Beyond and above the W.H.I.P. habitat, a total of 14.5 vineyard acres, planted by White from 1995 through 2009, take their form on the upper slopes of the mountain. Respectfully named after White’s maternal grandfather’s middle name, Hodder, to honor him, their first planting was a six acre plot dedicated mostly to red Bordeaux varietals: Cabernet Sauvignon, Merlot, Cabernet Franc, and Petit Verdot.

Chardonnay and Sauvignon Blanc vines also took up residence at that time, with the popular Chardonnay varietal harvested and sold to Linden Vineyards, as Glen Manor Vineyards had no winery to call its own at the time.

Where is GMV’s Chardonnay today? Unfortunately, all the Chardonnay vines succumbed, in fits and starts, to grapevine yellows, a vine disease not uncommon in Virginia. Beginning in 2001, and finally, in 2003, White, reluctant to fight the uphill battle against this disease, uprooted all his Chardonnay, and then replanted in its place Merlot, Sauvignon Blanc, Cabernet Sauvignon, and Petit Verdot.

In 2006 through 2009, forests were cleared on the upper slope for additional Bordeaux varietals, and the lower plateau acreage filled up with Petit Manseng and Merlot.   Additional plots of Cabernet Sauvignon and Cabernet Franc were also added on a lower south facing slope.

VITICULTURE

Virginia winery Glen Manor

Cabernet Sauvignon vines in Glen Manor’s Hodder Hill Vineyard receive exacting attention throughout the growing season. Photo by MA Dancisin.

White‘s demeanor is attractively understated and quiet. When he begins to talk about Hodder Hill, his expression shifts slightly,  and it is abundantly clear that he is a true terroirist in substance and form. His passion lies in growing the best grapes possible.

In minute and practical detail, he references the vineyards’ slopes’ steepness, well-draining soils, and specific viticultural methods supporting GMV’s mission.

Such specifics about vineyards include western and south-western facing steep slopes ranging from 1000 to 1300 feet in elevation; their proximity welcomes mountain breezes.

The vines’ root systems strive to find their home in soils comprised of green schists, granodiorite, and greenstone making drainage optimal for the vines.

Deliberate thinning and cluster reduction occurs during the latter part of July, just before veraison (the onset of the grapes’ ripening), and approximately 50% of the fruit is dropped from the vines.

Overall yields per acre for the red Bordeaux varieties are at 1.5 to 2.5 tons, and for the Sauvignon Blanc, approximately 4 tons.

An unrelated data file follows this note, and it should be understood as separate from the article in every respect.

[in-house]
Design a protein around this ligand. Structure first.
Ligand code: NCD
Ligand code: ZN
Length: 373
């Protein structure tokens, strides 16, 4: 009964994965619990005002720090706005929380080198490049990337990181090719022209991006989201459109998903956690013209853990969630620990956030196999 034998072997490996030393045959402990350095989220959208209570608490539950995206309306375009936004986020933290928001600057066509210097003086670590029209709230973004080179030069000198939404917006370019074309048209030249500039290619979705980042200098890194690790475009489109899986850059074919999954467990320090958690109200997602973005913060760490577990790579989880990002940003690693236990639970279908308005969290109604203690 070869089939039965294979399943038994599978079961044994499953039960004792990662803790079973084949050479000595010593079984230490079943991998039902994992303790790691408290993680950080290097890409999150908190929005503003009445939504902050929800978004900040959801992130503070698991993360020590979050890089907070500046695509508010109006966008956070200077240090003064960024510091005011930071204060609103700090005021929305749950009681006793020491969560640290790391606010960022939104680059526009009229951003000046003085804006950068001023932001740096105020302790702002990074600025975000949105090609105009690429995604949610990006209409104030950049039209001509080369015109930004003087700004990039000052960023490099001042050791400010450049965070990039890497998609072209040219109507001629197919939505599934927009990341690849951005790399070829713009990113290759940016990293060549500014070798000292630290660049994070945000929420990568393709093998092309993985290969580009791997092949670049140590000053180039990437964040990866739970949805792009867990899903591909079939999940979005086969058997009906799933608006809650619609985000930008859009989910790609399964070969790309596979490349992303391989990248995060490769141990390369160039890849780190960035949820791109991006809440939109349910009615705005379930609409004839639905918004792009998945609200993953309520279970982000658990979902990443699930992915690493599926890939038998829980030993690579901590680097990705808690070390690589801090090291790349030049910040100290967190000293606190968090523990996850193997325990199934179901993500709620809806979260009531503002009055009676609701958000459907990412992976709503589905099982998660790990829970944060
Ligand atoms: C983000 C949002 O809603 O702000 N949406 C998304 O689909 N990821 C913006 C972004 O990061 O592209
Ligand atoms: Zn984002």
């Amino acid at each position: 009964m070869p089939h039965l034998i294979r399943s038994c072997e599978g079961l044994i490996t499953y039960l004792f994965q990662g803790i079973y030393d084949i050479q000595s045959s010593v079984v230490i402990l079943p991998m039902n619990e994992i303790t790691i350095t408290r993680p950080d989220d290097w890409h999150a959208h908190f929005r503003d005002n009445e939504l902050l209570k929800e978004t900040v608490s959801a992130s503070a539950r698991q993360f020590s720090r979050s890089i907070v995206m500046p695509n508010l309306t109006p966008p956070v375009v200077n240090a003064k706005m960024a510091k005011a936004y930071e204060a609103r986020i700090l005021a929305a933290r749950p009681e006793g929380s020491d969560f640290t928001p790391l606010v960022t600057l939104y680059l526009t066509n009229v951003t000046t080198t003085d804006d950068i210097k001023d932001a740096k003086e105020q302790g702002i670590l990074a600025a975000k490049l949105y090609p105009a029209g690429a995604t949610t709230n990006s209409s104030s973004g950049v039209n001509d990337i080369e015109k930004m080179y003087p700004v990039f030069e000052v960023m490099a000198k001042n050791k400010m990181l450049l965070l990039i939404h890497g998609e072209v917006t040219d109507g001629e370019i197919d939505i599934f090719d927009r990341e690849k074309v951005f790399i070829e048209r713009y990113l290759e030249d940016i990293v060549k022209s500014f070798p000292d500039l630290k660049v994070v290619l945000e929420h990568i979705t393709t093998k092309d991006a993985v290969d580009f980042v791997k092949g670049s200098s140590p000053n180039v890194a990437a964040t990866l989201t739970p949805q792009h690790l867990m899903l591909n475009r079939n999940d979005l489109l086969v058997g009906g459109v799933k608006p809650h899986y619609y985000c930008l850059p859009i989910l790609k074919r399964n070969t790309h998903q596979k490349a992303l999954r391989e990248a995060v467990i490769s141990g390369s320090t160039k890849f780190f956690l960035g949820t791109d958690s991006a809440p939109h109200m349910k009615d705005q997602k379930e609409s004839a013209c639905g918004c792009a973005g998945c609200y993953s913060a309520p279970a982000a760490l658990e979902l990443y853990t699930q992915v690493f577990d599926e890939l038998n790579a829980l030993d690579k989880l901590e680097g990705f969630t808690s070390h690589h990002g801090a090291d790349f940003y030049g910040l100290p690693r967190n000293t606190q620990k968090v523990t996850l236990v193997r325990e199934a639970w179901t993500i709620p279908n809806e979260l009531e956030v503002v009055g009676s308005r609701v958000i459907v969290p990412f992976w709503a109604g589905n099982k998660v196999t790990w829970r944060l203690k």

Among and underneath the vines, White has also planted three low maintenance fescues, Creeping Red, Sheep, and Bent grass, which serve to control or eliminate weed growth, diversify the insect population, and stress the vines’ root systems further.

The vines are caned and pruned, and trellised or trained via Open Lyre or Double Guyot systems.  White gives generous credit for the vineyards’ management to his reliable and treasured staff, most who have been in GMV’s employ for many years.

GRAPEGROWING CHALLENGES AND HANGTIME

Virginia winery Glen Manor

White runs the numbers on the grapes’ sugar levels prior to harvest, but he tastes the grapes himself to make the final determination. Photo by MA Dancisin.

While driving down one of the vineyard’s steep upper slopes, White mentions, with some emphasis, that unlike other grape-growing regions, Virginia’s viticultural playing field challenges its vintners with a tough winter climate, humid summers, and a plethora of vine diseases.

This leads naturally to discussion about his harvest approach. White smiles and says simply, ”It requires having the nerve to wait.”  As a risk-reward relationship similar to that of the investment market, and no less harrowing, the gamble lies in waiting to pick the grapes at the last possible moment to achieve optimal ripeness.

For his own edification, White does run the numbers on the grapes’ sugar levels prior to harvest, but his primary method, to use an old phrase, is “ripeness is in the eye of beholder”:  he tastes the grapes himself to make the final determination.

WINEMAKING, WINES, AND THE FUTURE

Virginia winery Glen Manor wins Governor's Cup

Glen Manor Vineyards 2009 Hodder Hill Meritage was awarded the 2012 Governor’s Cup. Courtesy photo.

White is the winemaker for all Glen Manor Vineyards’s wines. For the red Bordeaux blends, before bottling, he makes several, then offers them to a small, reliable and experienced tasting panel, one of whom is a chef by trade, his pretty and effervescent wife Kelly to confirm his selection. (Jeff says he doesn’t  need  to make a “sparkler” because his wife is his “sparkler!”)

As everyone following Virginia wine news knows, Glen Manor Vineyards’s 2009 Hodder Hill meritage blend won the Governor’s Cup this year.  It is sold out, but GMV’s present tasting line up is superb and extremely well-balanced —and each in its own category would muscle up well against any world class wine.

Although White, with his understated demeanor, never mentions the possibility of world class recognition, it is obvious that as time marches on and the news spreads as it has in the press, that this hundred year old Century Farm is still creating important history in its newer form as vineyards and winery.

This spectacular view of the “glen” from which Glen Manor takes its name was shot by winemaker Jeff White using a telephoto from a neighboring property.